A Day In The Life: Vision Care Program At East High

Fresh out of high school in 1991, Logan Newman didn’t know what direction his future would take him but he did know he wanted to enlist in the US Navy. He wasn’t a bad student, but states “I would probably have been described today as someone with ADHD. I was mostly uninterested in high school. I recognized my issue early on and decided that some time in the military would help me figure out what I wanted to do.” He decided on becoming a medic, which is known as a hospital corpsman.

He recalls that bootcamp was interesting and exciting. He played football and was on the swim team in high school so the physical part didn’t worry him. The mental part was much tougher. The top 2 recruits of his class based on education and physical lists would be awarded an E2 rank status out of boot camp. Newman made the mental decision to be one of the two and he was awarded the Academic award and went on to attend Hospital Corpsman training at Balboa Naval Hospital in San Diego, CA.

Corpsman training was similar to bootcamp. He would go to class & work out but, unlike bootcamp he had much more free time on his hands. Even though Newman says they had a “work hard, play hard” mentality, he was able to maintain a spot in the top of the class. Newman was supposed to obtain orders to advanced training as an OR Tech after Hospital corpsman school but the orders never came.

Instead, he found himself at Optician C School in Williamsburg, VA. He spent several years learning and working at NOSTrA until his Honorable Discharge in 1995, He took his skills from the Navy and applied them towards becoming an Optometrist. After being away from the ophthalmic profession for a few years he decided that he knew he wasn’t truly interested in optometry schools. He talked with those closest to him and worked through options, ultimately deciding he would become a teacher. He was accepted by one, with the caveat he would need to re-take 2 classes to receive better grades. It was at that point that he knew he wasn’t truly interested in optometry schools. He talked with those closest to him and worked through options, ultimately deciding he would become a teacher.

In the fall of the year 2000, he started teaching at his former high school & realized he truly loved what he was doing. The following year he went on to teach at Rochester City High School but it wasn’t until October 2008 that fellow teacher, Paul Conrow, came across a student that couldn’t see and needed glasses. The school contacted the students family & it took until February for the child to have his vision corrected.

Interactive

Paul and Logan had formed a tight bond and Paul approached Logan about his former opticianry skills. He felt the length of time between finding the need for glasses and the problem being corrected was a little too long. In 2010, an administrator at their school approached the two to ask if they had any ideas for a $65K grant that was supposed to go to another school but was up for grabs.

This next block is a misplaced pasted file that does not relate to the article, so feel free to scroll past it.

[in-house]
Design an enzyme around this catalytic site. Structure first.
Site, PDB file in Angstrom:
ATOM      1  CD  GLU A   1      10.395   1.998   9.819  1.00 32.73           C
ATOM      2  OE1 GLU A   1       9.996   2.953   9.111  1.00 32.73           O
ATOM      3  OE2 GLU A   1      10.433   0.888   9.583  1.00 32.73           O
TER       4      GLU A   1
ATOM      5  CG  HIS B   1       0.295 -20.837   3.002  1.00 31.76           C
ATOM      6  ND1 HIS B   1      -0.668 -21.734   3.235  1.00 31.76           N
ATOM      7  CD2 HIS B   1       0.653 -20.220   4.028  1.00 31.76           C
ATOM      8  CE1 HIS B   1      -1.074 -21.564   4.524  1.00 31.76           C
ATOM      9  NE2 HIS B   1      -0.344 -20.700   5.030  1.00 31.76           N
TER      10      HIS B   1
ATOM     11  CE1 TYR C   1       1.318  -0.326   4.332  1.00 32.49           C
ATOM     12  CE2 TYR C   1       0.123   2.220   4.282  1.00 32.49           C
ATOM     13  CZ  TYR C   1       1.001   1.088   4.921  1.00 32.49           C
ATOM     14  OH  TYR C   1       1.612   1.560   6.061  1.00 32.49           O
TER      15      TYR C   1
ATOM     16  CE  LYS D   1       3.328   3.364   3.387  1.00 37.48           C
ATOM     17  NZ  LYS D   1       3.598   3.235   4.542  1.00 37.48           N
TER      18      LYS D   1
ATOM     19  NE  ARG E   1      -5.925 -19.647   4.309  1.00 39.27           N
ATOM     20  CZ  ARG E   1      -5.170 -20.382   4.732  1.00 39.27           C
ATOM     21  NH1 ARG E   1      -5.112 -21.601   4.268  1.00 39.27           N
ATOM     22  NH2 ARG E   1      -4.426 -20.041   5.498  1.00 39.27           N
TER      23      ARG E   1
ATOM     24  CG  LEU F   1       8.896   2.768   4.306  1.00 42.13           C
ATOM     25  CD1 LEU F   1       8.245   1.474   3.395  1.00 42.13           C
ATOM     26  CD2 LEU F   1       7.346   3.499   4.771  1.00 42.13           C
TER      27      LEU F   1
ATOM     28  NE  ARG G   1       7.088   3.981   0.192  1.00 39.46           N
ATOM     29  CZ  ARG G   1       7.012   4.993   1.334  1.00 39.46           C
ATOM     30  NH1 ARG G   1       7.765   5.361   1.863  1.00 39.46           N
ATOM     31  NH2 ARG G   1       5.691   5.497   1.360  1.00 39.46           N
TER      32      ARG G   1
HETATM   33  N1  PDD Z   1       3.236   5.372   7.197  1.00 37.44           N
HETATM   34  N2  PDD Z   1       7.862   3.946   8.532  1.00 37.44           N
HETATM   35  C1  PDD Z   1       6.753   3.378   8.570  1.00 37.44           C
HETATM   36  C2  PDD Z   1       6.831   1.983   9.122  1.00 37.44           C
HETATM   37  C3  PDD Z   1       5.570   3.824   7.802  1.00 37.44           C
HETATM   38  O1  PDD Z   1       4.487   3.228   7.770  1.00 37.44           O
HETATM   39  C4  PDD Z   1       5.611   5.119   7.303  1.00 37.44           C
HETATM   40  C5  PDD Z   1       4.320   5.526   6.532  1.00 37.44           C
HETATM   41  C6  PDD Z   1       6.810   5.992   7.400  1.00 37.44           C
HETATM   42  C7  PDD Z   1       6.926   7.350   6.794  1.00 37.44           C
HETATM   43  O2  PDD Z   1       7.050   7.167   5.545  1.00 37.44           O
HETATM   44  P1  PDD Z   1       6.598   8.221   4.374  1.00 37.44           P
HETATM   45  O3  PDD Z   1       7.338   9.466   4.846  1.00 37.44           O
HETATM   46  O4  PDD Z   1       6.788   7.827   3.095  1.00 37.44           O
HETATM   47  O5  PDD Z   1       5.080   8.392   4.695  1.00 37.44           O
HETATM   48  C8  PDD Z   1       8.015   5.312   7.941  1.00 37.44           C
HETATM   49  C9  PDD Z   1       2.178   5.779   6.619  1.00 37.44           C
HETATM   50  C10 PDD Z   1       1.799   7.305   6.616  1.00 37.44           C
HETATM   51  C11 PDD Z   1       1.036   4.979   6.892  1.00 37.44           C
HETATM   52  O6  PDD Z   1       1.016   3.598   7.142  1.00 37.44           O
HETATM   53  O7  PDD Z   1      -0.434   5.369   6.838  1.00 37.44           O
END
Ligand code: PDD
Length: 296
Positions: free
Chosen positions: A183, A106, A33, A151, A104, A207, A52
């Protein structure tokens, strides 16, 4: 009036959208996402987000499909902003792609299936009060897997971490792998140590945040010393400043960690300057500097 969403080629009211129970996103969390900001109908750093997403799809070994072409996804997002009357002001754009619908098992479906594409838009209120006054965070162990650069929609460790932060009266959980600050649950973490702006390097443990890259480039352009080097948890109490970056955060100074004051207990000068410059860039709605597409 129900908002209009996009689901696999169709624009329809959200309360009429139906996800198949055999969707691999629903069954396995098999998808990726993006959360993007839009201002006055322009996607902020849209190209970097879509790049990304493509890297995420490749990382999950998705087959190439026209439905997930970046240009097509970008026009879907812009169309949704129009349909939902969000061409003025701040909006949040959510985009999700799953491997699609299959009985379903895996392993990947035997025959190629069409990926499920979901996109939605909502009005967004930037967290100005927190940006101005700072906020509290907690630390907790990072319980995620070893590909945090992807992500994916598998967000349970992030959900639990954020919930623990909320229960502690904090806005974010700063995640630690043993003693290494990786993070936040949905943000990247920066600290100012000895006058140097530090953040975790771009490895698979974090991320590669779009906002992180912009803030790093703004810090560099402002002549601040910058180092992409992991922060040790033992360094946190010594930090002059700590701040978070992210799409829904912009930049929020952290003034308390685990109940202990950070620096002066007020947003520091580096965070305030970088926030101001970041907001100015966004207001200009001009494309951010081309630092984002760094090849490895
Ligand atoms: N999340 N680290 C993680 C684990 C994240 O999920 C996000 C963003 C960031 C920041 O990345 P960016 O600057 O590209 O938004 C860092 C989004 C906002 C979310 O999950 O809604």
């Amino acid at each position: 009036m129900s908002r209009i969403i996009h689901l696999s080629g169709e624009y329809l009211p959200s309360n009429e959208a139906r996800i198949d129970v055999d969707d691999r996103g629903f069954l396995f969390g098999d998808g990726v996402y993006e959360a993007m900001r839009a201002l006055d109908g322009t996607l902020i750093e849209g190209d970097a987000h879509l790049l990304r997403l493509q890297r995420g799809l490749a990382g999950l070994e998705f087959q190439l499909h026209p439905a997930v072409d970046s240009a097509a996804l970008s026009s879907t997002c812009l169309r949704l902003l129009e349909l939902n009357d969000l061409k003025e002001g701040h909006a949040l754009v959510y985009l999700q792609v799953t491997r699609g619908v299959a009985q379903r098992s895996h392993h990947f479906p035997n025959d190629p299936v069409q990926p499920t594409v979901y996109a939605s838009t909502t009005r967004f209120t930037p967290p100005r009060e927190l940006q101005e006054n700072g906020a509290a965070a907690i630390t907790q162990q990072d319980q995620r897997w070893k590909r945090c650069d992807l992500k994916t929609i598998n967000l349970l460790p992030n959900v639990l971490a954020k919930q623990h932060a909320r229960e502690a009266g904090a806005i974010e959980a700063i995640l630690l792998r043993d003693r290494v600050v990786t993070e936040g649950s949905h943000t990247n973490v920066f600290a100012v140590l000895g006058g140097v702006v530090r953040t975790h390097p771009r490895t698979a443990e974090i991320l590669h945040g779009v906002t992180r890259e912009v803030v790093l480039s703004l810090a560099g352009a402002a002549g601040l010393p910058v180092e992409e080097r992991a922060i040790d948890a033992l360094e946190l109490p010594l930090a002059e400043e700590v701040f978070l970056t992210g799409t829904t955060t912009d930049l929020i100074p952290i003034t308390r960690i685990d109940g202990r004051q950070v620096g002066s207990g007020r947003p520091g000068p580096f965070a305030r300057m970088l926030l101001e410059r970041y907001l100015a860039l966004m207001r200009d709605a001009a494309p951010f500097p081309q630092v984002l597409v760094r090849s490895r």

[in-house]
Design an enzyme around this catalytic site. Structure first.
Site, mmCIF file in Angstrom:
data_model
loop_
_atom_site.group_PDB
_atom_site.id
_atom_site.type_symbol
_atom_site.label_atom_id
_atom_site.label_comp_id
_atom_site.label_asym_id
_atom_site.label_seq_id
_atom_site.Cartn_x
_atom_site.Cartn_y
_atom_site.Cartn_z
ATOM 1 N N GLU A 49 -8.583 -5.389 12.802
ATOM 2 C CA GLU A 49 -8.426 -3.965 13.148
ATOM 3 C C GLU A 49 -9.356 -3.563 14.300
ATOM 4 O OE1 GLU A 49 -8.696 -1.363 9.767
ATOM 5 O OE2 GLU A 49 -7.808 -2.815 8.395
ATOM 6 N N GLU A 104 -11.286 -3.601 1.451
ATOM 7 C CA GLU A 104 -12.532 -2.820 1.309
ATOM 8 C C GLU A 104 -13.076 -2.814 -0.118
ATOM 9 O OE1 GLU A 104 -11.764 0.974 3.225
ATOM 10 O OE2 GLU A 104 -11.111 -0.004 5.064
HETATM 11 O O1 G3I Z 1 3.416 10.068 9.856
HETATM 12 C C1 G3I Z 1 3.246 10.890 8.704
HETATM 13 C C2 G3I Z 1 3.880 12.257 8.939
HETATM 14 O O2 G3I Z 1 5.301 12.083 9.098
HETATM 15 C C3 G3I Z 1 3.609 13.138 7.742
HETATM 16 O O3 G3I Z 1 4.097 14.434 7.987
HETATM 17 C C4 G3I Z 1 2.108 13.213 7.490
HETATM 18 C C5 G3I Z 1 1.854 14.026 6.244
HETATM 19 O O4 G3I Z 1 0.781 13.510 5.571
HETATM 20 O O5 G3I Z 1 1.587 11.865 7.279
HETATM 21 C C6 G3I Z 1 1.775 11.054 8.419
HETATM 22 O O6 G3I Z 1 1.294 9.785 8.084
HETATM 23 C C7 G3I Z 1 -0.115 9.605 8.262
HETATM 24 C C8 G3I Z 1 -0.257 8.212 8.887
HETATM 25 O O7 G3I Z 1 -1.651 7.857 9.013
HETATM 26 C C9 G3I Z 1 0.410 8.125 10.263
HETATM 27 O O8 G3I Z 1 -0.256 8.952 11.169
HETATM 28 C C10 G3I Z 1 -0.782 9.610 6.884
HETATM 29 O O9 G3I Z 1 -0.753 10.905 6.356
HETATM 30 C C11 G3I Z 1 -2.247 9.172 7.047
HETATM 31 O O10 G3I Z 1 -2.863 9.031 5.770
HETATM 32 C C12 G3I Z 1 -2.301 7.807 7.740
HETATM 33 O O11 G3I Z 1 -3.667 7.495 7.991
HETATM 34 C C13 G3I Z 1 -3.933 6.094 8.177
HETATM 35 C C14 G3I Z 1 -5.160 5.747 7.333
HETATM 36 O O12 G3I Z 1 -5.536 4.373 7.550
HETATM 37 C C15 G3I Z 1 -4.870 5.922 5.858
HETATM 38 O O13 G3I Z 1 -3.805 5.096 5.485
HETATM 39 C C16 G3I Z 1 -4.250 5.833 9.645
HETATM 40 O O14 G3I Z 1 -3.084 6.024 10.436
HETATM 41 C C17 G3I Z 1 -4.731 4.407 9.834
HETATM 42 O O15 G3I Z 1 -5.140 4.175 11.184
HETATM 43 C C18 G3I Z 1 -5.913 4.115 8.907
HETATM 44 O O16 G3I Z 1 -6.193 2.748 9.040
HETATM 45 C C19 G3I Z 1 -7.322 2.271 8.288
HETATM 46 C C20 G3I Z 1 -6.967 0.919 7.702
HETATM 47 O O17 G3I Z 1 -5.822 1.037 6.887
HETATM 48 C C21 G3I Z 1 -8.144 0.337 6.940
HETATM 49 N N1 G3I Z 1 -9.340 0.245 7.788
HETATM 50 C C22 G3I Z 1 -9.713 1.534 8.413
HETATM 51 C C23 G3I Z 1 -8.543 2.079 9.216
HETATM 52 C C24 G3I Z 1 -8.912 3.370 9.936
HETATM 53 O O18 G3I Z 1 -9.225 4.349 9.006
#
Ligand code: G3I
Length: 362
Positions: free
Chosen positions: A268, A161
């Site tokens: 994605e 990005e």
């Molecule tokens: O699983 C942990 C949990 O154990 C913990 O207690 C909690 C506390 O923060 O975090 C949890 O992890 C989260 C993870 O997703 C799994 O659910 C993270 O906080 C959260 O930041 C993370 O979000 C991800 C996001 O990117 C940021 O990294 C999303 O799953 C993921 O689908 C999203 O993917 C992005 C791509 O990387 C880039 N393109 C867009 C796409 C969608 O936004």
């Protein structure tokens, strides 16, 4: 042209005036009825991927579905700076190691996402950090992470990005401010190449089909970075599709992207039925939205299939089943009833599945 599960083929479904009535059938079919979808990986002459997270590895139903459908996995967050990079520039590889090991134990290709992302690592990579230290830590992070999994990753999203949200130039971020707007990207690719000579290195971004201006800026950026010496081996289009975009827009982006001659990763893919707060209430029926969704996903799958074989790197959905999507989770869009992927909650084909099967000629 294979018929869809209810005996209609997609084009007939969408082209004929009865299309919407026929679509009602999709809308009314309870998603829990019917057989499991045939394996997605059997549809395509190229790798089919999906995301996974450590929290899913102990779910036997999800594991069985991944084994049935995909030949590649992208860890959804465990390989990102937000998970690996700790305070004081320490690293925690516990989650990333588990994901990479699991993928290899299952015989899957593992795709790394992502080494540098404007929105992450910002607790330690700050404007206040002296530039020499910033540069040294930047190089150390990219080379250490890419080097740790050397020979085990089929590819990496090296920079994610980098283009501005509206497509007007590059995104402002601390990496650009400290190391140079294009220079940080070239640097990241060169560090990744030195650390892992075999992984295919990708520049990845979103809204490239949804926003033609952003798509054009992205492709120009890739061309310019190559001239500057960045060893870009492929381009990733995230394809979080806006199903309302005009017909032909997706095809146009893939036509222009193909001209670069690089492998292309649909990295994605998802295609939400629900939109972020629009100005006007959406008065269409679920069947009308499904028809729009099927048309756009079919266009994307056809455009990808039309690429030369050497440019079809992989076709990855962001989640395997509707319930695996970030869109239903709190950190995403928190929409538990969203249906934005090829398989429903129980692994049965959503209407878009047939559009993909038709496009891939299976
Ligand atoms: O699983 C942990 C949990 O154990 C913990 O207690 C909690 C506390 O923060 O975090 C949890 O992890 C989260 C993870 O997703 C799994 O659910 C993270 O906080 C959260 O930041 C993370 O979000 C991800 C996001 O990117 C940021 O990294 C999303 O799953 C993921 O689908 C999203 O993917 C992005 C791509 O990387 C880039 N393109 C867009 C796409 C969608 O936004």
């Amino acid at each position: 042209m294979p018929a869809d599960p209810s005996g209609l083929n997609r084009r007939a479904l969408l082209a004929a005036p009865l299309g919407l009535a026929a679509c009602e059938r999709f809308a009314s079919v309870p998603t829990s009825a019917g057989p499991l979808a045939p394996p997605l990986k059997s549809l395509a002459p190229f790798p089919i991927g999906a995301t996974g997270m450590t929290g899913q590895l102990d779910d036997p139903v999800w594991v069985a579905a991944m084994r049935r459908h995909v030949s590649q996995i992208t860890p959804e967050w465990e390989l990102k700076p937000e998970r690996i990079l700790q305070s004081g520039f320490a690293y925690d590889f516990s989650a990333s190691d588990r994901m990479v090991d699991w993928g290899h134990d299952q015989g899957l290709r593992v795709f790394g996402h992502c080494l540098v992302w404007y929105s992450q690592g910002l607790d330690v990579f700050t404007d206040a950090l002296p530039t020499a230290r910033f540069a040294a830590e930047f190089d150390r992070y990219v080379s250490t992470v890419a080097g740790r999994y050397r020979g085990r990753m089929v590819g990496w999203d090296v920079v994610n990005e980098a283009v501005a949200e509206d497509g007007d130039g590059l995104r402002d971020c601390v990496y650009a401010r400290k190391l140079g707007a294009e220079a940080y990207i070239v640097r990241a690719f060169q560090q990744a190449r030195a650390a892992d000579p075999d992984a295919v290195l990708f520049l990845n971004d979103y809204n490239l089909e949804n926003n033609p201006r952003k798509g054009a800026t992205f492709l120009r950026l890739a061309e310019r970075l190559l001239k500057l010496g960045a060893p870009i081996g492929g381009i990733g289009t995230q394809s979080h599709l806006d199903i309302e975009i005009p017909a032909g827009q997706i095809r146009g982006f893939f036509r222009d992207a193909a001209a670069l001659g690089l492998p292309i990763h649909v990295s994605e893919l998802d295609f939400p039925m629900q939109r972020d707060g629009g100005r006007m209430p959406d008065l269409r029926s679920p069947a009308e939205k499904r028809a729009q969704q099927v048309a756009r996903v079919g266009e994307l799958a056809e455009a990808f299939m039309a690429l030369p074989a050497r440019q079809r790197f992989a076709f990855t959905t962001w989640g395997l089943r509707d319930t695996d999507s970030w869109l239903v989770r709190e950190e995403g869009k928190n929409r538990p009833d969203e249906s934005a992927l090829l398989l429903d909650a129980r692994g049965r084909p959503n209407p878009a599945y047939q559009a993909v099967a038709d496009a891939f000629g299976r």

One of the aspects was to develop an idea of program to benefit students. They began collaborating right away and came up with the idea that Logan could make glasses for students. They were approved and the funds went towards creating the Ophthalmic Fabrication program. He brought on 8 students during the summer to teach them basic skills he had remembered from his time at NOSTrA.

Over the course of the next year, he worked with Erie Community College in Williamsville, NY as they had an optician degree program. He wrote curriculum, talked with local companies, and even went to work at Rochester Optical to learn what was new and what he could do in the program,. Logan worked towards getting his NY Optician license so glasses made could be given to patients legally. He worked with local optometrists and optician organizations to recruit people who were willing to give glasses to kids in need.

In fall of 2012, he started his first class in the Ophthalmic Fabrication program at East High in an old auto repair classroom. Over the course of several years he purchased a phoropter, doctors chair, updated equipment, frames, and lots of lenses. He was able to develop the class into a multi year program. In year 1, he teaches students to make glasses and provided them with all the skills necessary to prepare them for manufacturing employment. Year 2 they work on improving their skills and added responsibility with working with local eye doctors who volunteer their time to see students. In year 3, students become “class leaders” and learn to make bifocals and progressive lenses for adults.

Over time he has changed the name of the program to “Vision Care” and has added more opportunities for doctor visits into their schedule where they are able to host Vision Care events.

The Vision Care program events have kids from all over the district coming in to be seen by volunteer eye doctors. The students are responsible for making the glasses for their peers. Over the past 8 years the program has provided around 5,000 pairs of glasses for students in the Rochester City School District, a high needs area with one of the highest per capita poverty ratios in the United States. Logan says he is “excited to say I have been able to use my Navy training to teach students to make glasses for other students. Some of these students have gone on to college to become licensed opticians in the area and others have gone straight into the workforce from high school, directly using these skills to improve their lives.”

Article written by Logan Newman, NBCT, ABO

Find him here: LinkedIn

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